What’s most sexy in a partner is confidence and authenticity, and no amount of surgery can match those qualities. Even if someone's confidence is enhanced through surgery, it can set a precedent, and it might only be a matter of time before they find another flaw and feel unsexy again.
Back to Basics: Why Have Sex?
First, let’s take a step back to reflect on our reasons for having sex. And there’s lots of them: sometimes it’s for sheer pleasure, for connection, intimacy, a way to express love for each other, stress relief, procreation, a mixture of all of the above, or a myriad other reasons.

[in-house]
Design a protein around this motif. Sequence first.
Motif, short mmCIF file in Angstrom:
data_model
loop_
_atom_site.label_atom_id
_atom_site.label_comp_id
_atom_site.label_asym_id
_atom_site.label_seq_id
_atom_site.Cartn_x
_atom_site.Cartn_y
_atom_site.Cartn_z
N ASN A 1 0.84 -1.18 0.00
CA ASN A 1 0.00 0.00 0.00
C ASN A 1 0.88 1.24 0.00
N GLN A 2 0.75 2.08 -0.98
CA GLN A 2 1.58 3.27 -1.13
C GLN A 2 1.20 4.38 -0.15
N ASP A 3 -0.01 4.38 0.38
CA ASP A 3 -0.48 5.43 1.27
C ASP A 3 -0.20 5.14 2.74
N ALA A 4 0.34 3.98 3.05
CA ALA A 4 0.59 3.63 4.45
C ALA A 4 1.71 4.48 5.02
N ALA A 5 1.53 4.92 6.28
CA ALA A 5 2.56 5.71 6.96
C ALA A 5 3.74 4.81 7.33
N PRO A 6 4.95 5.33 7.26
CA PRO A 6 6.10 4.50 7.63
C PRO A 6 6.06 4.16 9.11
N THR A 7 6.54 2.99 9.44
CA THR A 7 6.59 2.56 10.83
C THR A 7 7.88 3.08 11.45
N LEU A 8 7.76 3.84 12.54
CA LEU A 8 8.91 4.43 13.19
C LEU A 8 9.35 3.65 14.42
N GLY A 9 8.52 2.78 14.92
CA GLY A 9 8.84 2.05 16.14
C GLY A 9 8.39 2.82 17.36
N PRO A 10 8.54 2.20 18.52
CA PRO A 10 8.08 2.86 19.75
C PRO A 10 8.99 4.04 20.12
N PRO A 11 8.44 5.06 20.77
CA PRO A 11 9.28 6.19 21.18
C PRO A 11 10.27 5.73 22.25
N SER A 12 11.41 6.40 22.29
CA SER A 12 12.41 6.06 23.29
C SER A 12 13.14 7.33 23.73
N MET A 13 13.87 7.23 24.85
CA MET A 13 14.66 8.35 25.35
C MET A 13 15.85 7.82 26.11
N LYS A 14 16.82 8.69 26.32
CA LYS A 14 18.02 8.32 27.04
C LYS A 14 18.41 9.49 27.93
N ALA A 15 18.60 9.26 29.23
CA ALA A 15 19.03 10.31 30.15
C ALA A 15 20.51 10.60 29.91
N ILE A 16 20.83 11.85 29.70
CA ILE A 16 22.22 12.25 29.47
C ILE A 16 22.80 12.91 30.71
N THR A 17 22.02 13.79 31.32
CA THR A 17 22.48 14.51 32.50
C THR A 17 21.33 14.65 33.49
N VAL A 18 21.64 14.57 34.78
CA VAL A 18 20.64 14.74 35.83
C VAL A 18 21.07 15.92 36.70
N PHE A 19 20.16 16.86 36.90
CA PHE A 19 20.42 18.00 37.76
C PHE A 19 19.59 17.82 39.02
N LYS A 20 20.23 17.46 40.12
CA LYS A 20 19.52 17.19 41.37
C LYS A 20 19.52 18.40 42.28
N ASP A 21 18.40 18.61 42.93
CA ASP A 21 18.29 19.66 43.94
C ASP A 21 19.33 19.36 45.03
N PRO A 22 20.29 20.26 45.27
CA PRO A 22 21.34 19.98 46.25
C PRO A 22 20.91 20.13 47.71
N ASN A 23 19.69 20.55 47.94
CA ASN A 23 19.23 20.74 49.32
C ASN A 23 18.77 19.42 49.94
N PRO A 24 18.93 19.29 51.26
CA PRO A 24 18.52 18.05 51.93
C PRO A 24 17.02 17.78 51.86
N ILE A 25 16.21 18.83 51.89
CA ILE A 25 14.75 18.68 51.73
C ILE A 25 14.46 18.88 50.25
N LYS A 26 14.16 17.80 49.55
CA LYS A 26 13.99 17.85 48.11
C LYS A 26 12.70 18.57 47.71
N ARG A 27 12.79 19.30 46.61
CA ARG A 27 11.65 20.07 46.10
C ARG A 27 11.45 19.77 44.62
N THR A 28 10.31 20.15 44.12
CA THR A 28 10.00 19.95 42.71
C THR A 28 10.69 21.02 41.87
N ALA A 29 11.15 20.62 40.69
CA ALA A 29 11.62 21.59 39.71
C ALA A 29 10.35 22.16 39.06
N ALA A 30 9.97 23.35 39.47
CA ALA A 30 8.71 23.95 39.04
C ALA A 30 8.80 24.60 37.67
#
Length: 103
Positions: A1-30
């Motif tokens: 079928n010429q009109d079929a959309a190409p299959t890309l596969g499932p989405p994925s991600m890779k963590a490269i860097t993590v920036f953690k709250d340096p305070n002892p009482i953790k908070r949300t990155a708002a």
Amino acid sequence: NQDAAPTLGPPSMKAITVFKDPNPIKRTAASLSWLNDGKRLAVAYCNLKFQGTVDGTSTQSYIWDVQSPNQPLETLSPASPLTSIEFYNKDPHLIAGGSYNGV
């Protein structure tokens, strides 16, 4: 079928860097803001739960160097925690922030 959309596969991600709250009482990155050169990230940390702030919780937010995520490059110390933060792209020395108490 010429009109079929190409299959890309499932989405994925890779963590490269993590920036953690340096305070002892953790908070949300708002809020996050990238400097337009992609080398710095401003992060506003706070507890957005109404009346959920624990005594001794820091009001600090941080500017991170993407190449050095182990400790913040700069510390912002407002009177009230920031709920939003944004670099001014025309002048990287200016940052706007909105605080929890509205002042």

And when you really sit down and reflect upon your reasons for having sex, that’s when you can start to dismantle toxic “goals” involved in sex. If pleasure and connection are your purposes, does it really matter whether or not you feel pleasure in the narrow way the latest issue of Cosmo says is the ultimate? You know your body better than someone writing in a magazine, after all! As long as you feel connected and satisfied, what difference does it make how you got there? Don’t be afraid to ask yourself, and challenge yourself, in questioning whether sex toys, kink items, and so on, really help invigorate your sex life rather than take away from it.
Beyond the Big O
Any pressure to achieve a specific goal while you’re trying to relax makes it less likely that an orgasm will happen and will most certainly take away from simply enjoying the moment. And not to mention, sex doesn’t need to always be about having an orgasm.